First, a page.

Holyrood constitution committee will not recommend legislative consent to EU Withdrawal Bill
The Scottish Parliament’s Finance and Constitution Committee has said Clause 11 of the EU Withdrawal Bill is incompatible with devolution
Bruce Crawford MSP - Image credit: Scottish Parliament
Holyrood’s Finance and Constitution Committee has unanimously agreed not to recommend that the Scottish Parliament give legislative consent to the UK Government’s EU Withdrawal Bill.
Clause 11 of the EU Withdrawal Bill is incompatible with the Scottish devolution settlement, the cross-party Scottish Parliament committee has concluded after taking evidence from experts.
Committee convener Bruce Crawford said that the clause would be a “fundamental shift” in the structure of devolution.
The committee said that even if Clause 11 was designed as a transitional measure, it failed to fully respect the devolution settlement and the committee could not recommend legislative consent unless it was replaced or removed.
Clause 11 would restrict the Scottish Parliament from making changes to legislation derived from the EU after Brexit, even if it relates to devolved areas.
The bill refers to these as ‘retained EU law’ – a new legal concept introduced by the bill – and the committee’s report notes that the evidence heard by the committee suggested it would confuse the boundary between devolved and reserved issues and it will be difficult to identify which areas of UK have derived from EU law, particularly as they diverge after Brexit.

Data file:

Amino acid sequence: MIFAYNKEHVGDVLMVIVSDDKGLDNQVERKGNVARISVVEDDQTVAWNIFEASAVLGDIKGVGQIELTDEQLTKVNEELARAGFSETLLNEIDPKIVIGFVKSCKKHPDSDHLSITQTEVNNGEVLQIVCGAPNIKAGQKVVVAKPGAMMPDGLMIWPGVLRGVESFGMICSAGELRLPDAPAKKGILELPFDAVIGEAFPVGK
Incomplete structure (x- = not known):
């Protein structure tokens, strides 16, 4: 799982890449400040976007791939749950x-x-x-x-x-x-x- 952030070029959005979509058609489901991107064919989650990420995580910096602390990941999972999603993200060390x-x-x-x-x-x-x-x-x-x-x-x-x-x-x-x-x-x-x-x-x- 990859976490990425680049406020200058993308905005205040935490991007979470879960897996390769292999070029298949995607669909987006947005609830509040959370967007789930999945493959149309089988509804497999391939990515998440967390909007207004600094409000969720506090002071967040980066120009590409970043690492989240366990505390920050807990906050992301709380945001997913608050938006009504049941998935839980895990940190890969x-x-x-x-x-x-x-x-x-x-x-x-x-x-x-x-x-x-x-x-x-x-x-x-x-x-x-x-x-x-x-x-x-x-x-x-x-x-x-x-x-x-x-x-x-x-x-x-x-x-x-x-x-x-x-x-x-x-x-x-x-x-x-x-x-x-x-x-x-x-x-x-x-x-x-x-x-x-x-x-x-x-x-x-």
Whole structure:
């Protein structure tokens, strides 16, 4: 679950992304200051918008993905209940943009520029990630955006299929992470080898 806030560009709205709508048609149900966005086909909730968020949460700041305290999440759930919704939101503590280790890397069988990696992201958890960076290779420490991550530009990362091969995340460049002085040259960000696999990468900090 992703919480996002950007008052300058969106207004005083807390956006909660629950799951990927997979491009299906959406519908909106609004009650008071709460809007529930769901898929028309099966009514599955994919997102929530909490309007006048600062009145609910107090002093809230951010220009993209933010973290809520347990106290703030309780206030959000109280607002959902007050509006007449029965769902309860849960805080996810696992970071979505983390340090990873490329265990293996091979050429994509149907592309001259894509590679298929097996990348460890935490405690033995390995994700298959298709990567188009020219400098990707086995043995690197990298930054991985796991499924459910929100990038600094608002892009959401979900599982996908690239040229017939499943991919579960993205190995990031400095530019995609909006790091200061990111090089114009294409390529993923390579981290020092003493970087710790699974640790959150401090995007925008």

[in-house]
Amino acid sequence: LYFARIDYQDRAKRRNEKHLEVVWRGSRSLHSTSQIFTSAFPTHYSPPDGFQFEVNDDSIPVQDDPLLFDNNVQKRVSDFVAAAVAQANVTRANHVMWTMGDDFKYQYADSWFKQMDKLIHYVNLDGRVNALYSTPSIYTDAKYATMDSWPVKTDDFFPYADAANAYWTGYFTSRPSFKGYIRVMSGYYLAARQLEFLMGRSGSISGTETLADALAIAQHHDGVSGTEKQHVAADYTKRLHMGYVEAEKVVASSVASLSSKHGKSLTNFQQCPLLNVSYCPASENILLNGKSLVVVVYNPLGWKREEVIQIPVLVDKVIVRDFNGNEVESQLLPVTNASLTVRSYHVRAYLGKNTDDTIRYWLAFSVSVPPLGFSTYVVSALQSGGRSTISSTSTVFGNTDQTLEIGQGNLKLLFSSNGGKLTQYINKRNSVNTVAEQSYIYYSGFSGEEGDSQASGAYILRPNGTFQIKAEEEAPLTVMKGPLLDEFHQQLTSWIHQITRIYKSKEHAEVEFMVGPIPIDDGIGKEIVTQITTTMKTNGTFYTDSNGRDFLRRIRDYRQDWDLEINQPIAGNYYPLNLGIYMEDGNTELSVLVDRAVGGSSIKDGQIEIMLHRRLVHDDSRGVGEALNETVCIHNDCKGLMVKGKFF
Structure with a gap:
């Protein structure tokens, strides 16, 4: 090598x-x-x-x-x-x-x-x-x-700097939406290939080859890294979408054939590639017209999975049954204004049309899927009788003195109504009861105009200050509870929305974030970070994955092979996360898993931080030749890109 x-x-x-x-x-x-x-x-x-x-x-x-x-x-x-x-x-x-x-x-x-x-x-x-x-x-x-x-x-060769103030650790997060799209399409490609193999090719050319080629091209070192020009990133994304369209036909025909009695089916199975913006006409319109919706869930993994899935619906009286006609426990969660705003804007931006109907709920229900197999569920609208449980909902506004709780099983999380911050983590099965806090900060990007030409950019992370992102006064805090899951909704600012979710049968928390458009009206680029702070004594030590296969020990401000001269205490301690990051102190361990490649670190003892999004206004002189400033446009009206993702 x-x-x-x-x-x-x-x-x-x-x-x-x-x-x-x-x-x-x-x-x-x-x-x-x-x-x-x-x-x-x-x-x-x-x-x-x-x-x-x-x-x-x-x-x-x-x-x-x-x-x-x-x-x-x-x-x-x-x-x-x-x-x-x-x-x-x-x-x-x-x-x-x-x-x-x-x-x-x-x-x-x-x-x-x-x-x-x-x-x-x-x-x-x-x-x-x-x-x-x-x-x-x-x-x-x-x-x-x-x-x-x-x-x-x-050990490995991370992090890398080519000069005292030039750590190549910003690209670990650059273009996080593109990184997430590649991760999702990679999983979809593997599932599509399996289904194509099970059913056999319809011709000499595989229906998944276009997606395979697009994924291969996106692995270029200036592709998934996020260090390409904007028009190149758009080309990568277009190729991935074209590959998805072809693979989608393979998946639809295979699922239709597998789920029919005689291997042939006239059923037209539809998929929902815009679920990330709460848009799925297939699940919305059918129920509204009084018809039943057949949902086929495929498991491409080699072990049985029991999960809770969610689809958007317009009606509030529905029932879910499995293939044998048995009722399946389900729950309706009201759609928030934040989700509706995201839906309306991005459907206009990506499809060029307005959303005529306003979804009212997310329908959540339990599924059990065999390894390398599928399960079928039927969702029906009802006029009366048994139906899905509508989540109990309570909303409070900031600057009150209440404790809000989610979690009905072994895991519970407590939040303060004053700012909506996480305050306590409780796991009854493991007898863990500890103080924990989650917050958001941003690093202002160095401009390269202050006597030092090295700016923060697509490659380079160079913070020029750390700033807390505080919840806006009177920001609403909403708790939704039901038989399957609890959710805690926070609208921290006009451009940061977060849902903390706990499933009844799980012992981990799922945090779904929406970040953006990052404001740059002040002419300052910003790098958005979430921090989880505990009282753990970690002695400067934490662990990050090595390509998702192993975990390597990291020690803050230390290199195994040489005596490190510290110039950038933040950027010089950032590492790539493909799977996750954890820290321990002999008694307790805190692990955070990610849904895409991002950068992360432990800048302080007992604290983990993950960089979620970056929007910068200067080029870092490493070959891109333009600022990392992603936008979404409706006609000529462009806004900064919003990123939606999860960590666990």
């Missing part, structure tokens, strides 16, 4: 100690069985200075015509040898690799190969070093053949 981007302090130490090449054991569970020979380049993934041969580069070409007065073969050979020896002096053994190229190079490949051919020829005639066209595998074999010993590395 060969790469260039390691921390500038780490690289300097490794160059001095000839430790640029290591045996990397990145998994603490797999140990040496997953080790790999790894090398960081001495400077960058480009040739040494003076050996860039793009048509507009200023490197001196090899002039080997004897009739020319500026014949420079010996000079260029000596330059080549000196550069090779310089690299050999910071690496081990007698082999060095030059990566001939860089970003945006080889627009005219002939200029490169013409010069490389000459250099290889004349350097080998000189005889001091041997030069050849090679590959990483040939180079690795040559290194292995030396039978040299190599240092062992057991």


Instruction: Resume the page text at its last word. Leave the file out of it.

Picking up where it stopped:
Crawford said: “The committee is unanimous in its view that it is not in a position to recommend legislative consent to the EU Withdrawal Bill.
“The whole committee is of the view that Clause 11, as currently drafted, is incompatible with the devolution settlement in Scotland.
“This view was shared by the vast majority of expert evidence we received on Clause 11 as it represents a fundamental shift in the structure of devolution in Scotland.
“The committee also believes that a resolution to Clause 11 is required regardless of whether a way forward on common frameworks can be arrived at.”
However, Crawford welcomed the commitment from the UK Government not to impose common UK frameworks on the devolved nations.
He added: “Our committee strongly believes that both the process for agreeing common frameworks and the actual content must be arrived at through agreement, not imposition.
“We also believe that this process is not solely a matter for governments and must be transparent and inclusive.”
Deputy convener Adam Tomkins said: “All of the committee welcomes the progress that has been made between the UK Government and the devolved governments in developing an approach to agreeing common UK frameworks and notes that this work is ongoing.
“In particular, members welcome the UK Government’s commitment to respect the devolution settlement.”
It is convention that the UK Government should ask the devolved parliaments for legislative consent in the case of any bills that would affect devolved areas – although it is not legally obliged to take account of any refusal to give consent.
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